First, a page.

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Noel Whittaker's Views About Interest Rates

I have been subscribed to Noel Whittaker's blog and email database for years now. He is one of the most insightful, no bs leaders in his field and the information he delivers to his readers is above and beyond anything you can receive within Australia. I was reading his latest mail out that included a very insightful view on the current Interest Rates and their predicted future. If you liked the article below written by Noel Whittaker, make sure you subscribe to his blog and mailing list: https://www.noelwhittaker.com.au/




Interest Rates - Noel Whittaker:

The Reserve Bank has just handed down the latest interest-rate decision and, as expected, rates are still on hold. But the big question is where our interest rates going from here. Even though the world is full of good news right now, investors are more confused than ever. The success of the COVID-19 vaccine worldwide gives us cause for optimism, and it also means a new threat: inflation. If business activity picks up again, all that stimulus pouring cash into world markets will start to be eased back. Already, many big investors are dumping sovereign bonds, with the US 10-year yield jumping to near 1.38% and the Australian 10-year yield now over 1.6%.


We currently have huge labour shortages – workers are not available either because they are too happy on Jobseeker or because they can’t get to Australia – and material shortages are rampant due to transport delays. The bottom line is that inflation is upon us, and this means interest rates will go up.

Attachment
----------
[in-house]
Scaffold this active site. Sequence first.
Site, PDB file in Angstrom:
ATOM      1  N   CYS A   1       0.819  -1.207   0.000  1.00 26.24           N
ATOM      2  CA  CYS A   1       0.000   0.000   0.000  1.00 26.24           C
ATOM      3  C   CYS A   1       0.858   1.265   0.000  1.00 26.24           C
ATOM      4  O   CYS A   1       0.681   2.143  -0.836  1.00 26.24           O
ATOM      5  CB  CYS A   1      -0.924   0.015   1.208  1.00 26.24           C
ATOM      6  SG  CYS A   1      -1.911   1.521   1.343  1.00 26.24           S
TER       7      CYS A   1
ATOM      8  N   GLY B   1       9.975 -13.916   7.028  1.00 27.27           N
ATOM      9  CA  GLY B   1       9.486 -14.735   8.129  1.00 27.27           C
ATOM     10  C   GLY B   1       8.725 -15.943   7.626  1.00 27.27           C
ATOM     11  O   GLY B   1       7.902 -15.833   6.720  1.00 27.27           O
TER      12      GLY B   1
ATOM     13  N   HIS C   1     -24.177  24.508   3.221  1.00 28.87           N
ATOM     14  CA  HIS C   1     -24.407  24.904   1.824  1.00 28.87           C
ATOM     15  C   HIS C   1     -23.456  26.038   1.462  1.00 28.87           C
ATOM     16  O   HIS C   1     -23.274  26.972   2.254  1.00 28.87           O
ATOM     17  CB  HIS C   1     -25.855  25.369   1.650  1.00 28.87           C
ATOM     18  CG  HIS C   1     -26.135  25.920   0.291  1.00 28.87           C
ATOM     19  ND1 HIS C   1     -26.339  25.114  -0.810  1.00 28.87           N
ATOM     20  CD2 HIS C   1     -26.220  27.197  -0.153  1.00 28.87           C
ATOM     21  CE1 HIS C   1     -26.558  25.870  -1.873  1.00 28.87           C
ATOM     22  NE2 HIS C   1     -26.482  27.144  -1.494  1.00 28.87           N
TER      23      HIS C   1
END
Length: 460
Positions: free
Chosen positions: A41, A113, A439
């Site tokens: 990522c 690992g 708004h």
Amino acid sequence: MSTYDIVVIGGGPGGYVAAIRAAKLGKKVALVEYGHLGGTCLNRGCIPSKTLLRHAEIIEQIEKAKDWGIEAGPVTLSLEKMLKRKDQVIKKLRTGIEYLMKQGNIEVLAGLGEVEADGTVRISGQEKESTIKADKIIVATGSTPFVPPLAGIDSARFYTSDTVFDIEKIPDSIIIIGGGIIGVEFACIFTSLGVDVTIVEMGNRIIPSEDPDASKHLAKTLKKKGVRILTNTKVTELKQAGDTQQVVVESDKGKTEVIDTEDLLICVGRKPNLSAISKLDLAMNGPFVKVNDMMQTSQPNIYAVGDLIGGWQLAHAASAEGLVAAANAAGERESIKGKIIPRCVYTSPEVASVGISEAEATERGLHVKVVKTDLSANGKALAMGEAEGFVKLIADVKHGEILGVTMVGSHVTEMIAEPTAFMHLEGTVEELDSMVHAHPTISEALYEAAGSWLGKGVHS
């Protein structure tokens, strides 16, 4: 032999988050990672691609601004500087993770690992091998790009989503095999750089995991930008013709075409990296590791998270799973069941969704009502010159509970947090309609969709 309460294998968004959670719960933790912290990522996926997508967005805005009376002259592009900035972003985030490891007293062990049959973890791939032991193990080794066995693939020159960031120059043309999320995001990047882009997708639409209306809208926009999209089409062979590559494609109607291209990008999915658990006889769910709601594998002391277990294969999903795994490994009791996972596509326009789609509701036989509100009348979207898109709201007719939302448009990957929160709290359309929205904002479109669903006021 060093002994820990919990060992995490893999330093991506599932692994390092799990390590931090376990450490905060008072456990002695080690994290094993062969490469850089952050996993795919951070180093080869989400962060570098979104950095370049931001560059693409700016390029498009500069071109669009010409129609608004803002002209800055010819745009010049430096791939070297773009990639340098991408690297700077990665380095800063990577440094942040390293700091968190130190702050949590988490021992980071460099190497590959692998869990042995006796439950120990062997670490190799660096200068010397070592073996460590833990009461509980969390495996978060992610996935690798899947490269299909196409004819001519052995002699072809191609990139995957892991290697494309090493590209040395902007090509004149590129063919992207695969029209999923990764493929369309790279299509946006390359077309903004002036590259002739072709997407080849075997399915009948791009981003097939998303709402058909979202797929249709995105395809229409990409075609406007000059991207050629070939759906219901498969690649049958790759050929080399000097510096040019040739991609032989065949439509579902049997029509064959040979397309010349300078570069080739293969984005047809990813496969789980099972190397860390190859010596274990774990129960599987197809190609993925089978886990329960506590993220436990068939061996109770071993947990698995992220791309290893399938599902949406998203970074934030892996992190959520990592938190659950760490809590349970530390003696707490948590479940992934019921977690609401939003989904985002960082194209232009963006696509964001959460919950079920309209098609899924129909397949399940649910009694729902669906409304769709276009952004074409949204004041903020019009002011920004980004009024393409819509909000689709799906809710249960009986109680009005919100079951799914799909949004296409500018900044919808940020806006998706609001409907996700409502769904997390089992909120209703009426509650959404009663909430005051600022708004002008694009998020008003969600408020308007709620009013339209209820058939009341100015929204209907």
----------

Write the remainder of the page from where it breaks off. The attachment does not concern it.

Now I know that Philip Lowe of the Reserve Bank has told us that there will be no rate rises till 2024, but markets are betting it will be one to two years earlier. My friends in the money market are even betting on the cycle turning before this Christmas, and history tells us that there may well be 10 interest rate rises in the next cycle. If we assume each rise will be 25 basis points, it would not be unrealistic to expect, over time, a 2.5% increase in the cash rate. That would take home mortgage rates to 5% per annum or more.


Of course, forecasts are notoriously unreliable, but it seems reasonable to think we are very close to the bottom of the interest rate cycle, even if it doesn’t turn upwards for a year or more.


This is a warning to anybody with any kind of variable rate loan. If you agree with my reasoning, you may wish to think about fixing part of your rate sooner rather than later. But make sure you first understand the comparison rate. Right now on television, for example, Westpac are flogging a fixed rate of 1.99% for four years; but by law they must also mention the comparison rate, which is the effective rate after fees and charges – that’s a much less attractive 3.29%. Make sure you look at the comparison rate, not just the advertised rate.


A great place to start would be one of the comparison websites, where the leading variable and fixed rate loans are listed, with the comparison rate shown clearly as well. Interest rates change all the time, but at date of writing, a three-year fixed loan from U-bank at 1.75% (comparison rate 2.22%) looked to be one of the most attractive. Remember, if you are thinking of switching, you also need to be aware of what other conditions might attach to the loan.


You should also stress test your position, if you have a home loan now. Go to my website and play around with the loan calculators. You can easily work out what the repayments would be if your interest rate went up to 5%. Once you have done that, you should start to increase your home repayments until you get them to a level where you could cope easily if rates did rise to that extent.


I know that the real estate market is rocketing along right now, but if rates start to rise it may well stop dead in its tracks. It’s never been more important, if you’re in the market, to try to get an undervalued property that will hold its value in a slack market. Remember, property values can fall as well as rise.


Written by Noel Whittaker - https://www.noelwhittaker.com.au/